Multiculti fried dough rolls into Central Florida
by Marta Madigan • photos by Visual Cuisines
Sesame seeds and sugar dust—sweet and savory and why not? The smell, the taste, the hole inside. The jelly-filled calorie blast. Donuts and coffee, churros con chocolate, beignets et café au lait. They come in many compositions and forms: crunchy sticks, spicy circles or cakey balls. Universal pleasure from the Old and New Worlds. Discover the world of Orlandonuts.
In Poland, lard-fried delights of fruit-filled dough are round and wear sugar icing dotted by candied orange peel. Traditional pączki have rose-petal jam inside and taste sinfully good. They mark the end of carnival for Poles around the globe. For all in need of increasing their ritualistic calorie intake before Lent, Polonia Restaurant piles up boxes of plum-, raspberry- and blueberry-filled pączki. Every Fat Tuesday, chef Marek Andruniow dusts off his family’s recipe. His secret ingredient—a splash of Polish vodka added to the dough, so it doesn’t soak up as much grease.
It looks like a familiar donut ring minus glaze, yet the moment you bite into it, the spicy flavors of South India burst in your mouth. Medu vadas are crispy on the outside and soft inside. They cook to their balanced perfection thanks to the hole in the middle. Composed of urad dal, or split black lentil, green chiles, ginger, coconut and curry leaves, the illusory fritters from Bombay Café appear on the table golden-brown and hot. Tease your taste buds by dunking your vada in mild coconut chutney and spicy sambar. Who said a donut must be sweet?
This coil-shaped energy booster helps partygoers in Spain and Latin America face the morning. Eaten with thick-as-tar hot chocolate, churros will always give you a new lease on life. Made with cream puff pastry that has been squeezed through a tube with a star tip, these groovy sticks get a crunch by taking a bath in hot oil. Next, they are rolled in cinnamon and sugar at Churromania. The Argentinian version served at Choo-Choo Churros comes with dulce de leche, or milk caramel filling and possibly addictive consequences.
At Cafe De Colombia Bakery (2512 S Semoran Blvd.), the line moves quickly. You will certainly not be the only one ordering buñuelos. A popular breakfast among the bakery’s regulars, these perfectly round, oversized donut holes go nicely with milky café con leche. Unlike their cousins from other Spanish-speaking countries, Columbian buñuelos contain cheese. Queso costeño, a soft and salty white cheese, gives them a cake-like texture. If you are watching your waistline, go for the baked cheesy buns instead. Pandabono and pan de queso are equally delicious.
The official state donut of Louisiana, beignets immigrated to New Orleans together with the French settlers in the 18th century. Ever since, square pieces of yeasty dough keep puffing up all over the place. Their irresistible aroma will lead you to the Dixieland Diner Food Truck, where Steven Smith and Tim Cannon roll out their most popular menu item. A portion consists of three to four fried doughy pillows, generously sprinkled with powdered sugar. “They get a little misshaped sometimes, just like Grandma made them,” says Smith.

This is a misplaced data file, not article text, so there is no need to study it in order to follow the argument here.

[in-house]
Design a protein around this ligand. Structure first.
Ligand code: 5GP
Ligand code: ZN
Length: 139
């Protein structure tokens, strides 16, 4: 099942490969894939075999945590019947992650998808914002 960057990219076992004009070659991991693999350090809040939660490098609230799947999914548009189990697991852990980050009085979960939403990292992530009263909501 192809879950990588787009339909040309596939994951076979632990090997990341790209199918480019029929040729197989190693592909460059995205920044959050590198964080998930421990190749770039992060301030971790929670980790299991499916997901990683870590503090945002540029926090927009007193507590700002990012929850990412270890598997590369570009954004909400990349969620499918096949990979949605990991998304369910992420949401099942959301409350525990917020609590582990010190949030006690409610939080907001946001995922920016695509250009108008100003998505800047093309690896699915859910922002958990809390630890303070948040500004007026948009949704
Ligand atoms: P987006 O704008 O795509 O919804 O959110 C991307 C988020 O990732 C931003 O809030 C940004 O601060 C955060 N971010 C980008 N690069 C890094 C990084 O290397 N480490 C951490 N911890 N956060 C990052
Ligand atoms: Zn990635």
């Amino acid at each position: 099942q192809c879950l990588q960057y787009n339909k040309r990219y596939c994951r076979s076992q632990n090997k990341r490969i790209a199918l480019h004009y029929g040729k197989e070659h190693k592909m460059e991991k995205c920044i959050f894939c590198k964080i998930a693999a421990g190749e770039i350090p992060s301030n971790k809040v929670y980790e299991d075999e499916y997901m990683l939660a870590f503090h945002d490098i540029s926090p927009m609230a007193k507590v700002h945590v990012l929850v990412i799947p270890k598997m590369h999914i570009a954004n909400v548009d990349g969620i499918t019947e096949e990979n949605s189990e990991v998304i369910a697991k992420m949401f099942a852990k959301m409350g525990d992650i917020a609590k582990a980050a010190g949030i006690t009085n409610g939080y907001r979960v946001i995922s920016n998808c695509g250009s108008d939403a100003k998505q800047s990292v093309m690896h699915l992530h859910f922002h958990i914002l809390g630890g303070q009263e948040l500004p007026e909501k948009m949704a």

Zhimaqiu/Bánh cam/Bánh tiêu
Sesame balls have ruled on the streets of Asia for more than a thousand years. In China they embody sticky food traditionally eaten for the Chinese New Year. Made of sesame seeds, glutinous yet gluten-free rice flour and red bean paste, zhimaqiu offers a crispy, roasted, chewy and faintly sweet taste in one bite at Qi Dragon Bakery. In Vietnam and at the Tien Hung grocery store (1112 E Colonial Dr.) look for bánh cam filled with a bit drier mung bean paste. Its bigger and hollow, yeasty relative is called bánh tiêu, and it looks like sesame-sprinkled mini pita bread but is actually the Vietnamese version of a donut.
“A balanced diet is a donut in each hand.” Hard to argue with the motto of Donuts To Go, especially when visiting their Sanford location (1414 W 1st St.). There, the iconic American sweet tempts with freshness and variety. Donuts To Go has more than 40 different mouthwatering items in its repertoire. What to choose? Considering that you have only two hands, grab an Old Fashioned made of cake dough. Then go for a yeast-raised donut-burger. Prefer the classics? Try the signature Square Glazed. It might be the best donut you’ve ever had.
HERE COMES THE CRONUT
Attention local foodies! The cronut has landed in Winter Park. At Cask & Larder, the Sunday brunch includes this half-donut, half-croissant delicacy. Debuting at the Dominique Ansel Bakery in Manhattan only a few months ago, the new kid on the block immediately captured the imagination of Kristy Farnham Carlucci, the pastry chef at Cask & Larder. “It is a handmade croissant dough that’s been deep-fried,” explains Carlucci. Served as two puffed cubes with a fruity jam injection and a delicate glaze, donut-croissants from Cask & Larder have a crunchy and flaky texture. Carlucci plans to feature various fillings and coatings to reflect the seasons. So far, bourbon-peach jam with almond glaze as well as cherry jam with vanilla glaze have taken their turns on the summer menu. “In coming months, I’m looking toward fall flavors, including apple, pumpkin and spices,” she adds.